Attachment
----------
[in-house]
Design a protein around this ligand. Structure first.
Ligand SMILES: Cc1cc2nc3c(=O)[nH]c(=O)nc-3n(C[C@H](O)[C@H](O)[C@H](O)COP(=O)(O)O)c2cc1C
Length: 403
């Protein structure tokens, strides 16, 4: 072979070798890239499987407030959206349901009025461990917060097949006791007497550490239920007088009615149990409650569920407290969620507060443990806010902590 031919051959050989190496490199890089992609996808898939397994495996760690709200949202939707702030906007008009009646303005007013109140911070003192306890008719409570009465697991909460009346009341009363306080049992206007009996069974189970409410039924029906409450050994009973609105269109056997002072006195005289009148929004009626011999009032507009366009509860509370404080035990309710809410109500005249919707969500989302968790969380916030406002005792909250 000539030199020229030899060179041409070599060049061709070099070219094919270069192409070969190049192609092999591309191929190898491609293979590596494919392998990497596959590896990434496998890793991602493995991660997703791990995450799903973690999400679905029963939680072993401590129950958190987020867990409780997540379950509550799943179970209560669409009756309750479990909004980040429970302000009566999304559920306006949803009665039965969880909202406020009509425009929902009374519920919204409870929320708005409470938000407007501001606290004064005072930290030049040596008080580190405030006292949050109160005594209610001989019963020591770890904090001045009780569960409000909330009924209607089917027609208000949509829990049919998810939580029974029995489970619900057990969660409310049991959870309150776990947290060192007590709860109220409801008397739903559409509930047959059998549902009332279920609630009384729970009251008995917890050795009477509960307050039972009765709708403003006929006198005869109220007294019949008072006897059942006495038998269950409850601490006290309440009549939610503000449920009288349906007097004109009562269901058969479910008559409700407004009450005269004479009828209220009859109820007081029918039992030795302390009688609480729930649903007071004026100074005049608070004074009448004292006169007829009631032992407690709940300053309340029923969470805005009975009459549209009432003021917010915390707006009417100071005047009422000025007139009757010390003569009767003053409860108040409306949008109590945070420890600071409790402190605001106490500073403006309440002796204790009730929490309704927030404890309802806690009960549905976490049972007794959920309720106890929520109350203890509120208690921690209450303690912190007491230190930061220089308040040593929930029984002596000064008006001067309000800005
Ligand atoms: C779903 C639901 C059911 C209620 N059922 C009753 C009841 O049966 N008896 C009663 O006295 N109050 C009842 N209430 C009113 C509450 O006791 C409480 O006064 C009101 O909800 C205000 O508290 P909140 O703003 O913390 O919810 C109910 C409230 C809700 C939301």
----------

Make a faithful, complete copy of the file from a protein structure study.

[in-house]
Design a protein around this ligand. Structure first.
Ligand SMILES: Cc1cc2nc3c(=O)[nH]c(=O)nc-3n(C[C@H](O)[C@H](O)[C@H](O)COP(=O)(O)O)c2cc1C
Length: 403
């Protein structure tokens, strides 16, 4: 072979070798890239499987407030959206349901009025461990917060097949006791007497550490239920007088009615149990409650569920407290969620507060443990806010902590 031919051959050989190496490199890089992609996808898939397994495996760690709200949202939707702030906007008009009646303005007013109140911070003192306890008719409570009465697991909460009346009341009363306080049992206007009996069974189970409410039924029906409450050994009973609105269109056997002072006195005289009148929004009626011999009032507009366009509860509370404080035990309710809410109500005249919707969500989302968790969380916030406002005792909250 000539030199020229030899060179041409070599060049061709070099070219094919270069192409070969190049192609092999591309191929190898491609293979590596494919392998990497596959590896990434496998890793991602493995991660997703791990995450799903973690999400679905029963939680072993401590129950958190987020867990409780997540379950509550799943179970209560669409009756309750479990909004980040429970302000009566999304559920306006949803009665039965969880909202406020009509425009929902009374519920919204409870929320708005409470938000407007501001606290004064005072930290030049040596008080580190405030006292949050109160005594209610001989019963020591770890904090001045009780569960409000909330009924209607089917027609208000949509829990049919998810939580029974029995489970619900057990969660409310049991959870309150776990947290060192007590709860109220409801008397739903559409509930047959059998549902009332279920609630009384729970009251008995917890050795009477509960307050039972009765709708403003006929006198005869109220007294019949008072006897059942006495038998269950409850601490006290309440009549939610503000449920009288349906007097004109009562269901058969479910008559409700407004009450005269004479009828209220009859109820007081029918039992030795302390009688609480729930649903007071004026100074005049608070004074009448004292006169007829009631032992407690709940300053309340029923969470805005009975009459549209009432003021917010915390707006009417100071005047009422000025007139009757010390003569009767003053409860108040409306949008109590945070420890600071409790402190605001106490500073403006309440002796204790009730929490309704927030404890309802806690009960549905976490049972007794959920309720106890929520109350203890509120208690921690209450303690912190007491230190930061220089308040040593929930029984002596000064008006001067309000800005
Ligand atoms: C779903 C639901 C059911 C209620 N059922 C009753 C009841 O049966 N008896 C009663 O006295 N109050 C009842 N209430 C009113 C509450 O006791 C409480 O006064 C009101 O909800 C205000 O508290 P909140 O703003 O913390 O919810 C109910 C409230 C809700 C939301």